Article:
Long Dragon’s Back Walk 龍脊段
【大浪灣】香港第一個法定古蹟 － 竟然是一塊石？
Big Wave Bay: where even a Rock could become Hong Kong’s first historical monument
Hong Kong has been inhabited since the early period of the Stone Age. Besides navigating through a museum to see preserved cultural relics in glass boxes, you can also observe the marks of history on the stone carvings in rocks along the waters. As one of the earliest relics in the Stone Age found in Hong Kong, the Big Wave Bay Stone Carving was unintentionally discovered by a Police. After the enactment of the Antiquities and Monuments Ordinance, the Big Wave Bay Stone Carving was designated as the first historical Monument in Hong Kong, and was subsequently preserved by the Antiquities and Monuments Office.
The patterns on the rock show dynamic geometric and animal patterns, which could be an indication of residents propitiating to the power of the sea and the protection for its sea-faring population. Across the 9 stone carvings found in Hong Kong, most of the site was situated along the coastline, and was carved with similar patterns on its surface. This could serve as the evidence of human activities along the sea side during the stone age, and how sea-faring was relied on for maintaining livelihood at the time. Interestingly, the stone carving in Tung Lung Chau and also Cape Collinson (found in 2018) had also demonstrated similar patterns with the one in the Big Wave Bay. The carvings we found might just be the tip of an iceberg…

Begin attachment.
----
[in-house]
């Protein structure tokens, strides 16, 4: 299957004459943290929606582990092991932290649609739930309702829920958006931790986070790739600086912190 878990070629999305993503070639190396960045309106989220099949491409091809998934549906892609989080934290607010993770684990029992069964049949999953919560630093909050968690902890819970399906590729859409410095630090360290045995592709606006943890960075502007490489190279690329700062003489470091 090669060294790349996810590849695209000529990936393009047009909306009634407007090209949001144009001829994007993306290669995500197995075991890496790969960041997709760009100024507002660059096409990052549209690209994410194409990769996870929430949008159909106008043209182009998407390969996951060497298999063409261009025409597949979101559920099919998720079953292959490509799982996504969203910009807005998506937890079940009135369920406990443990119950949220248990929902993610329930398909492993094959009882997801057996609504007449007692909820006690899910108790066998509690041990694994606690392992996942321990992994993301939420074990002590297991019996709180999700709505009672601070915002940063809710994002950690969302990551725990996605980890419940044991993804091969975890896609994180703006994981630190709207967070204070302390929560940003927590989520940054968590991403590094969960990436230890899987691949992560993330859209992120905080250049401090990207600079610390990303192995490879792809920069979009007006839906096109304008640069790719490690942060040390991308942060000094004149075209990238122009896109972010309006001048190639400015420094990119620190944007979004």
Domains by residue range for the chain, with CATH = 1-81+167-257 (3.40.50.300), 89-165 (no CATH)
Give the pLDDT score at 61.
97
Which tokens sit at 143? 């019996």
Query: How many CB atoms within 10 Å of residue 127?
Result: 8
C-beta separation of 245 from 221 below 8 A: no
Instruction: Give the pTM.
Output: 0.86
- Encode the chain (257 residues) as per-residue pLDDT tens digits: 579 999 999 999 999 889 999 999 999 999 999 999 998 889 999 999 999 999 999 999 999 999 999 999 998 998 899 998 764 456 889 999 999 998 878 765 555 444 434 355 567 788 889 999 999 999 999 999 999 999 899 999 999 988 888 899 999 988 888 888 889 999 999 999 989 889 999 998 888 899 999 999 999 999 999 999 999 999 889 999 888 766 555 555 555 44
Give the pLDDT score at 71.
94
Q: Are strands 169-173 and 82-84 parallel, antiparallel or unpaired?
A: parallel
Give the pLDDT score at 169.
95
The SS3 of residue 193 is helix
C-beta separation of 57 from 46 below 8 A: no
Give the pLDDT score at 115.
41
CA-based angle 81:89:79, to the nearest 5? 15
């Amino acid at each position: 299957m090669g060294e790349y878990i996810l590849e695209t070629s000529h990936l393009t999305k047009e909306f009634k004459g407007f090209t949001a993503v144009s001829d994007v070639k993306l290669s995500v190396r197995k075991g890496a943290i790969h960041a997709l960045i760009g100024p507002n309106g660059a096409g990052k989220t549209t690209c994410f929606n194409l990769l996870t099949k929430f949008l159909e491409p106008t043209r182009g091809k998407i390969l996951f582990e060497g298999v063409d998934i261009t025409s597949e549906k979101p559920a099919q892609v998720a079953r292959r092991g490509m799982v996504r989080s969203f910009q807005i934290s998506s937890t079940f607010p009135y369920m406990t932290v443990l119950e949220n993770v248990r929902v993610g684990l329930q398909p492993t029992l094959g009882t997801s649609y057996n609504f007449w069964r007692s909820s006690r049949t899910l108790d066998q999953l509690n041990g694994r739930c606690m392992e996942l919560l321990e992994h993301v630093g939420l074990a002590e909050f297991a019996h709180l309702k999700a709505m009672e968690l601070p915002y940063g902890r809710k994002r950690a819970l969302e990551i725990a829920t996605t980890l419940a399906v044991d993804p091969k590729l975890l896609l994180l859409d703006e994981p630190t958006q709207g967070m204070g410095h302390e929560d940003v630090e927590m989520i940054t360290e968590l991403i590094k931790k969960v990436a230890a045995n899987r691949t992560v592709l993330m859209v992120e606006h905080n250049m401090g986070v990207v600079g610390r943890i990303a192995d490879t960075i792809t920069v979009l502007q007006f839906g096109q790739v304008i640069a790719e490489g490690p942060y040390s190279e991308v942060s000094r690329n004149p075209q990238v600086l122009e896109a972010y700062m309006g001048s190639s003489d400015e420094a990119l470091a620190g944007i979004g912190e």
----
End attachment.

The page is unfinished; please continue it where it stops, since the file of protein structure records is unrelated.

If you found yourself interested in the Big Wave Bay Stone Carving, you can walk along the Dragon Back Section of Island Coastal Trail, and take a detour to the Big Wave Bay. You can also visit the newly-found rock carving at Cape Collinson, by taking a detour from the Leaping Dragon Walk to the Cape Collinson LightHouse, and compare the difference in patterns and shapes in the respective rock carvings.
Click here to learn more about rock carvings in Hong Kong in Antiquities and Monuments Office’s website.